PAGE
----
Scientists Across the Globe Call for Greater Awareness of the Harms of Cannabis Use

April 16, 2016

Contact: Jeff Zinsmeister

A new call to action has been released from scientists around the world, reflecting "a growing consensus among experts that frequent cannabis use can increase the risk of psychosis in vulnerable people and lead to a range of other medical and social problems," according to the The Guardian.

Researchers now believe the evidence for harm is strong enough to issue clear warnings, said the article.  For example, Sir Robin Murray, professor of psychiatric research at King's College London, stated:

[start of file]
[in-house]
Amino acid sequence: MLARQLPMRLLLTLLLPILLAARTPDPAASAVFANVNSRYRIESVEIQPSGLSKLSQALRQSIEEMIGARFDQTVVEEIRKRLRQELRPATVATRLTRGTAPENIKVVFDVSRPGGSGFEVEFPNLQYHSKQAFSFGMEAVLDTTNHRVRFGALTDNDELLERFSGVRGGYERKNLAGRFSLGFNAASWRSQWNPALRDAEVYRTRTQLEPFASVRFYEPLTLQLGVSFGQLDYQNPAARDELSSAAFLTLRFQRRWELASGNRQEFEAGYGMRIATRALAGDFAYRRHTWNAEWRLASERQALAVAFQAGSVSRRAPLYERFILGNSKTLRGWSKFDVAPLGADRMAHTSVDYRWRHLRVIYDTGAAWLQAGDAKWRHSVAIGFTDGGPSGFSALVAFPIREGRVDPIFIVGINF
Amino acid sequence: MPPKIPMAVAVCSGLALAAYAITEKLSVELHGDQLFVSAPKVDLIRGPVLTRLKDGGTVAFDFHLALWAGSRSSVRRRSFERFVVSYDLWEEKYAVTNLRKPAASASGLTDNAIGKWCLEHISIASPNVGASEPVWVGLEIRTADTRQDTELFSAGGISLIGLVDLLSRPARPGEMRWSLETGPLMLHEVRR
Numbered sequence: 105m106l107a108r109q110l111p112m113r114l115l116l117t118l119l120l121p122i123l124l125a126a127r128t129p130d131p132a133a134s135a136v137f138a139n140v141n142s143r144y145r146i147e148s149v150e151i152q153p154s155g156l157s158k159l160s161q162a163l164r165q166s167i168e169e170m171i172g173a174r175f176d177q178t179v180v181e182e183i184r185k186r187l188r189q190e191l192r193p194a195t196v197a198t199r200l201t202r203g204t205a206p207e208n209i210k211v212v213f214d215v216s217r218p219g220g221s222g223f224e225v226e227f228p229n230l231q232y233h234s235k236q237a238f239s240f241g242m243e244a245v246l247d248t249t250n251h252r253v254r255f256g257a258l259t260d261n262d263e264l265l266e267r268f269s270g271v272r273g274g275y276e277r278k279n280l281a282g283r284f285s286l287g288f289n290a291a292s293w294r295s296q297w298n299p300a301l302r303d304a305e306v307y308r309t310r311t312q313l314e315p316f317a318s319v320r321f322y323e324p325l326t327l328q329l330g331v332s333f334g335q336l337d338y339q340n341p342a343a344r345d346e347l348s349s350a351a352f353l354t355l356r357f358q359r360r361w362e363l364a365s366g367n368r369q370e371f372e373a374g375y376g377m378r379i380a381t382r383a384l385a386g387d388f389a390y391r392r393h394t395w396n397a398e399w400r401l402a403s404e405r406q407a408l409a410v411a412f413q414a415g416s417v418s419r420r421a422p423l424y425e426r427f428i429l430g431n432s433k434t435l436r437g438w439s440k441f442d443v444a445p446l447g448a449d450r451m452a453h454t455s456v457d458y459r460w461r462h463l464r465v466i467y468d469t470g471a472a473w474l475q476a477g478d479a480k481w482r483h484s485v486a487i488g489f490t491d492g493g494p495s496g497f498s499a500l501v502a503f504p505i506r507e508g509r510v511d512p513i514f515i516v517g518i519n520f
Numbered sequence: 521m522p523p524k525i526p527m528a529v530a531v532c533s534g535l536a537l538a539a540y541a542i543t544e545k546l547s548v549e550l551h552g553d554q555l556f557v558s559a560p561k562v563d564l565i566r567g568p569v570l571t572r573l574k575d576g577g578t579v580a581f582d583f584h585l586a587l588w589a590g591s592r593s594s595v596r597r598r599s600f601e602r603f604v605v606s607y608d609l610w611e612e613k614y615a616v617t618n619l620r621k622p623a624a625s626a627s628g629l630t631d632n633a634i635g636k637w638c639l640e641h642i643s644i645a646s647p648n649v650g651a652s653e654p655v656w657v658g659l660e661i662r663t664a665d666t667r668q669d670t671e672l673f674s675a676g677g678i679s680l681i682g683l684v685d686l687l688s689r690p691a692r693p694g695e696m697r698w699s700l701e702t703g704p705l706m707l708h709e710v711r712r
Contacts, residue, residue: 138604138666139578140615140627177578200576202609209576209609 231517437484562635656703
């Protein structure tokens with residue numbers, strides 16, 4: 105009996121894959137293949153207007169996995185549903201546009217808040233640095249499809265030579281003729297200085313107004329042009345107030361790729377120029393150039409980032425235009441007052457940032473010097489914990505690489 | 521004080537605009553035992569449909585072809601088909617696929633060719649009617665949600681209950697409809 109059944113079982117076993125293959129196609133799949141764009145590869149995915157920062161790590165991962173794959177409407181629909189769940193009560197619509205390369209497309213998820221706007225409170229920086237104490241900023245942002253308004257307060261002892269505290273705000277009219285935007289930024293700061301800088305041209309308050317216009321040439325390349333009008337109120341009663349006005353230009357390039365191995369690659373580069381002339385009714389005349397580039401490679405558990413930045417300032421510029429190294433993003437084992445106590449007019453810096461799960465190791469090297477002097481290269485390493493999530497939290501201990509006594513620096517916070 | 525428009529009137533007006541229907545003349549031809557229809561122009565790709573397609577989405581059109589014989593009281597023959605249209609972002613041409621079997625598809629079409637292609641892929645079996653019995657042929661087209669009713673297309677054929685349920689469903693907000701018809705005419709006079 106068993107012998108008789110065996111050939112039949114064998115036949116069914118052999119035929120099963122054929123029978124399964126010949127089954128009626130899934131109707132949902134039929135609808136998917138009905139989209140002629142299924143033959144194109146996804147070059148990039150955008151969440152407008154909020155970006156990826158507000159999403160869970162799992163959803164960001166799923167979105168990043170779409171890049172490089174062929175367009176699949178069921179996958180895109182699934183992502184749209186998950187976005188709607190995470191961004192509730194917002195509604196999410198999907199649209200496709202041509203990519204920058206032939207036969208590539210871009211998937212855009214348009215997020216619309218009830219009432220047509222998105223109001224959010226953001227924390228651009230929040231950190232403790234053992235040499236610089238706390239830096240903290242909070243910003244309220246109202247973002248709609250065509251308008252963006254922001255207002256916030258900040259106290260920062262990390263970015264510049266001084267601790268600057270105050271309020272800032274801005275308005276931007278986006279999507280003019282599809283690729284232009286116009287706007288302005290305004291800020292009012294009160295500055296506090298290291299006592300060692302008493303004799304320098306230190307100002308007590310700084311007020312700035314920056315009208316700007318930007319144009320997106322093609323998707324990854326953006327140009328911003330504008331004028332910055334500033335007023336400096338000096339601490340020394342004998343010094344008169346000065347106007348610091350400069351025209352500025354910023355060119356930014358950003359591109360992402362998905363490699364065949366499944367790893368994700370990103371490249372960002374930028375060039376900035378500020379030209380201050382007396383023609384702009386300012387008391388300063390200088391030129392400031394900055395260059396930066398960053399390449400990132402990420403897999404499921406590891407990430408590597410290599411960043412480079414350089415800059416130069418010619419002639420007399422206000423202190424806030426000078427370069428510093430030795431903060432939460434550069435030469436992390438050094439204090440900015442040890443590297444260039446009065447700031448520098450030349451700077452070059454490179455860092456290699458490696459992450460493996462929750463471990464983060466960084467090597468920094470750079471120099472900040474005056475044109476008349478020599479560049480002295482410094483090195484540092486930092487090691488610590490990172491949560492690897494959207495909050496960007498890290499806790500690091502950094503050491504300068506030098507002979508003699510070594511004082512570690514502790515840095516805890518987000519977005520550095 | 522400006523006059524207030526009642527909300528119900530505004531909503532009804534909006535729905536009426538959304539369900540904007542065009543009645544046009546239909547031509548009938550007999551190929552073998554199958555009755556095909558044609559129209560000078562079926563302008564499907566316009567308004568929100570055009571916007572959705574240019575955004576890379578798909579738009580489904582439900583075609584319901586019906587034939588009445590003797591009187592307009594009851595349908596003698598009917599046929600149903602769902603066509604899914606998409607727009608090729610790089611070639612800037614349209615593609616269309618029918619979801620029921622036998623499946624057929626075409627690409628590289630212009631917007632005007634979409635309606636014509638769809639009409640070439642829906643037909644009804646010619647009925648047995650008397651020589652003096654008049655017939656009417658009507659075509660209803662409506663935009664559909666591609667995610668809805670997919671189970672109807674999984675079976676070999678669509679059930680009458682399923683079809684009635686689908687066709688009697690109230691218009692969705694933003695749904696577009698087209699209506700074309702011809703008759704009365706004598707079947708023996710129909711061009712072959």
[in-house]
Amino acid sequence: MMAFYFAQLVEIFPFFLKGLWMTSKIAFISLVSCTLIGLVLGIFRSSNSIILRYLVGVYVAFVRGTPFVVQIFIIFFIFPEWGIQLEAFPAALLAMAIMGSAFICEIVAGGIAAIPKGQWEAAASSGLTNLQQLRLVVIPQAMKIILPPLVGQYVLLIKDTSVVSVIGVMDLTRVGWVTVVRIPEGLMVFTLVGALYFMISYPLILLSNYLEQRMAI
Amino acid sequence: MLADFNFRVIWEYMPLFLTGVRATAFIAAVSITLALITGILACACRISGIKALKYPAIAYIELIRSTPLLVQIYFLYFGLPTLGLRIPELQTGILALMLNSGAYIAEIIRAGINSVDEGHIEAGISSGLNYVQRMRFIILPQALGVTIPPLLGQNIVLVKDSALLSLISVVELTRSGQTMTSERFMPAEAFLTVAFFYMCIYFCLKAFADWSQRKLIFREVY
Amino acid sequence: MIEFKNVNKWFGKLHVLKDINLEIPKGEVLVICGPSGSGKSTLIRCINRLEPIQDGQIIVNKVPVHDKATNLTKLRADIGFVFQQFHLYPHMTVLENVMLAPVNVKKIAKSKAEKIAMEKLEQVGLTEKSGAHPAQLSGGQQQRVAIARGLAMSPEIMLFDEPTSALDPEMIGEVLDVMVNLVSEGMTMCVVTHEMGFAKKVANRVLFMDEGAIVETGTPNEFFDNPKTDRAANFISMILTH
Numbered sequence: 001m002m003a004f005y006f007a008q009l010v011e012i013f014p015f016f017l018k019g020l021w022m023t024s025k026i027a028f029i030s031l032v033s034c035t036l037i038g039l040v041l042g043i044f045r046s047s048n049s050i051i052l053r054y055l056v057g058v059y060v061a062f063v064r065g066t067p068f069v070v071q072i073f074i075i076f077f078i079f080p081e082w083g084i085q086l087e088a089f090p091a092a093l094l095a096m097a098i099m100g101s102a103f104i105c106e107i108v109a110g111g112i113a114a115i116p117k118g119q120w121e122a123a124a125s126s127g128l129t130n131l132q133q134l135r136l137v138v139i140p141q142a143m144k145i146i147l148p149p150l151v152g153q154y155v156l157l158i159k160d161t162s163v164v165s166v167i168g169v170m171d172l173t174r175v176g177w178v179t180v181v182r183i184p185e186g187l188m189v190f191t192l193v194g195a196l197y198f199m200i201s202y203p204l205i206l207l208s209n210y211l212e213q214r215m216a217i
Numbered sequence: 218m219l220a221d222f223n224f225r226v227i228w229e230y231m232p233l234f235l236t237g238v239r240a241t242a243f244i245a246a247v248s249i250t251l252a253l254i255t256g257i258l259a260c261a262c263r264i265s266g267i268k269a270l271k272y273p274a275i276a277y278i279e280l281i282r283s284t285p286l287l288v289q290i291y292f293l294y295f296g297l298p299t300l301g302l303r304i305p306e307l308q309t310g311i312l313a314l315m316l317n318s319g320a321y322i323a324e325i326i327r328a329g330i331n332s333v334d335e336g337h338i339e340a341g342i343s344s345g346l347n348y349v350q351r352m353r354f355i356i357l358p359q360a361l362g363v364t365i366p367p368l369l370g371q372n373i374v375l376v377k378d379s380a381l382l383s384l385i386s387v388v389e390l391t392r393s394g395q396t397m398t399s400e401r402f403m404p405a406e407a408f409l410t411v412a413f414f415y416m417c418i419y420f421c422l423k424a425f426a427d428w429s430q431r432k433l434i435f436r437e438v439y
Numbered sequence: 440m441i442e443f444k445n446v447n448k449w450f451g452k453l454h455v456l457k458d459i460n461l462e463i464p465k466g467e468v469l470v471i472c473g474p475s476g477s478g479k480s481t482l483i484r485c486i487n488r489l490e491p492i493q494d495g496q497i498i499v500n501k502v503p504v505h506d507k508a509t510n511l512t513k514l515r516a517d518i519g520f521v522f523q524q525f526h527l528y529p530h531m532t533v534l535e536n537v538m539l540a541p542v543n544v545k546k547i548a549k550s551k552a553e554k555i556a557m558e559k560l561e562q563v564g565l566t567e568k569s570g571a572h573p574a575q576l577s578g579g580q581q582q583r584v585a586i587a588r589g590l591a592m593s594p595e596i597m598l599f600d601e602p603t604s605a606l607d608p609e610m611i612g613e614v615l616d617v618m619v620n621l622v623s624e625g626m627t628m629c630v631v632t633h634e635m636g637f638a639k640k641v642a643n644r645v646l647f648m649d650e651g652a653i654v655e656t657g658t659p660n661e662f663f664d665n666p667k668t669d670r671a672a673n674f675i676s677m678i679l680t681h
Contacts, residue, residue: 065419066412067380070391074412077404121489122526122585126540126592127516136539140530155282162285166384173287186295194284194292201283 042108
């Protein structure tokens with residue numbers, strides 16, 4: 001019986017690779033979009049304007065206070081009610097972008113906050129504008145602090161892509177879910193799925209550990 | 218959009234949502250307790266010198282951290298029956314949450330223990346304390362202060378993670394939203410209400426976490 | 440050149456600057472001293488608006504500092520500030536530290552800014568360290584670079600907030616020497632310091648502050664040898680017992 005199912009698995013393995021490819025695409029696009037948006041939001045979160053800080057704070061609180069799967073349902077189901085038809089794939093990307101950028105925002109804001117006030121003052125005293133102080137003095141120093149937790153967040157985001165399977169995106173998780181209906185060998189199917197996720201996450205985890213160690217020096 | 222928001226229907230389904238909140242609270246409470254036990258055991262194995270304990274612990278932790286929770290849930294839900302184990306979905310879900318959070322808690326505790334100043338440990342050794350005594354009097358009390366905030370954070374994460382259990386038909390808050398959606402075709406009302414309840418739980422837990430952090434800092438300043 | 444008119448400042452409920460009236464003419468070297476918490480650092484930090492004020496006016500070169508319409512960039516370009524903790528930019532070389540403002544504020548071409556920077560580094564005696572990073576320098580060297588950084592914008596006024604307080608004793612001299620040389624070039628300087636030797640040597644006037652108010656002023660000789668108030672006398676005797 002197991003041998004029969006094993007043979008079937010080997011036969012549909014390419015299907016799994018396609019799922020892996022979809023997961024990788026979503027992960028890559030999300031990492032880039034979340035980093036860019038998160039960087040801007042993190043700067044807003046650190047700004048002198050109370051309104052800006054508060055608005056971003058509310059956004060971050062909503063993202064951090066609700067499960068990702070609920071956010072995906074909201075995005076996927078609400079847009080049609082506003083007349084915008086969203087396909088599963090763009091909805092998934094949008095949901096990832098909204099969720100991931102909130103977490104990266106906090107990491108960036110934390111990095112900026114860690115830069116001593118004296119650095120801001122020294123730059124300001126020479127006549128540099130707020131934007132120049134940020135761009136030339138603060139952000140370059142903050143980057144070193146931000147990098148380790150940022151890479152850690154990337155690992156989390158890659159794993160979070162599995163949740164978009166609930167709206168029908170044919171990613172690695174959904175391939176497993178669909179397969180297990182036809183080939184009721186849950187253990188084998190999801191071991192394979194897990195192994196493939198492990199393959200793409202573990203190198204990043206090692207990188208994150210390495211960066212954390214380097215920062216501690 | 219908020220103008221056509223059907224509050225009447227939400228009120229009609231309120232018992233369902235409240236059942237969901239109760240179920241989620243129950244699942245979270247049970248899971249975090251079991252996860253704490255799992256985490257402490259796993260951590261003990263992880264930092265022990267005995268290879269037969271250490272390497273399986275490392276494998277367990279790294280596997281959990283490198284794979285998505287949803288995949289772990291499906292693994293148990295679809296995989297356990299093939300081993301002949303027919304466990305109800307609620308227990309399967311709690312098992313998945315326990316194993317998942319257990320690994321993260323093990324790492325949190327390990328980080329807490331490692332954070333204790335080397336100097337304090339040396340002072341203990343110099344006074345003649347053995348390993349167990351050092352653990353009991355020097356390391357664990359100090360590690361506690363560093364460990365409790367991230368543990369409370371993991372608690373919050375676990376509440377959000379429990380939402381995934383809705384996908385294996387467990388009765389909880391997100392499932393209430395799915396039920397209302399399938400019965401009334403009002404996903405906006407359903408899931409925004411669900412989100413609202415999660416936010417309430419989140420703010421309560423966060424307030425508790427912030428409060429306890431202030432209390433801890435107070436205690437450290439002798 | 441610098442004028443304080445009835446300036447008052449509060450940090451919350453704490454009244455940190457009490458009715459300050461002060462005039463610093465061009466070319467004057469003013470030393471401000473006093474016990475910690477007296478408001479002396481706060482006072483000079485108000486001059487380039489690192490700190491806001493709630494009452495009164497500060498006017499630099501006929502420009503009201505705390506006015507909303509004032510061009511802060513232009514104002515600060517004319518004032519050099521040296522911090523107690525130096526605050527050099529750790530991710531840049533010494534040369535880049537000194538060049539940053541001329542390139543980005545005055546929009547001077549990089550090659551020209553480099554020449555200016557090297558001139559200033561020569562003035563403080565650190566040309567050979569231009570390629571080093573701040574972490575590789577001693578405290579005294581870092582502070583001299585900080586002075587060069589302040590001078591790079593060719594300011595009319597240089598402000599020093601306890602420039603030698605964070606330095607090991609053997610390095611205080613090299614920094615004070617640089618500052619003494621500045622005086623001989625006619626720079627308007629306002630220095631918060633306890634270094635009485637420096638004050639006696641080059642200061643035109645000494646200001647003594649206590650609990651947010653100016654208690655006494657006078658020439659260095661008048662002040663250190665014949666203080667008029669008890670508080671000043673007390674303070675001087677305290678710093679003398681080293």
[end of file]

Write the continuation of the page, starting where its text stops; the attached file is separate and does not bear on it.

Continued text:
"It's not sensible to wait for absolute proof that cannabis is a component cause of psychosis. There's already ample evidence to warrant public education around the risks of heavy use of cannabis, particularly the high-potency varieties. For many reasons, we should have public warnings."

Estimates suggest that deterring heavy use of cannabis could prevent 8 to 24% of psychosis cases handled by treatment centers, depending on the area. In London alone, where the most common form of cannabis is high-potency marijuana (or "skunk" as it is sometimes called in the United Kingdom), avoiding heavy use could avert many hundreds of cases of psychosis every year.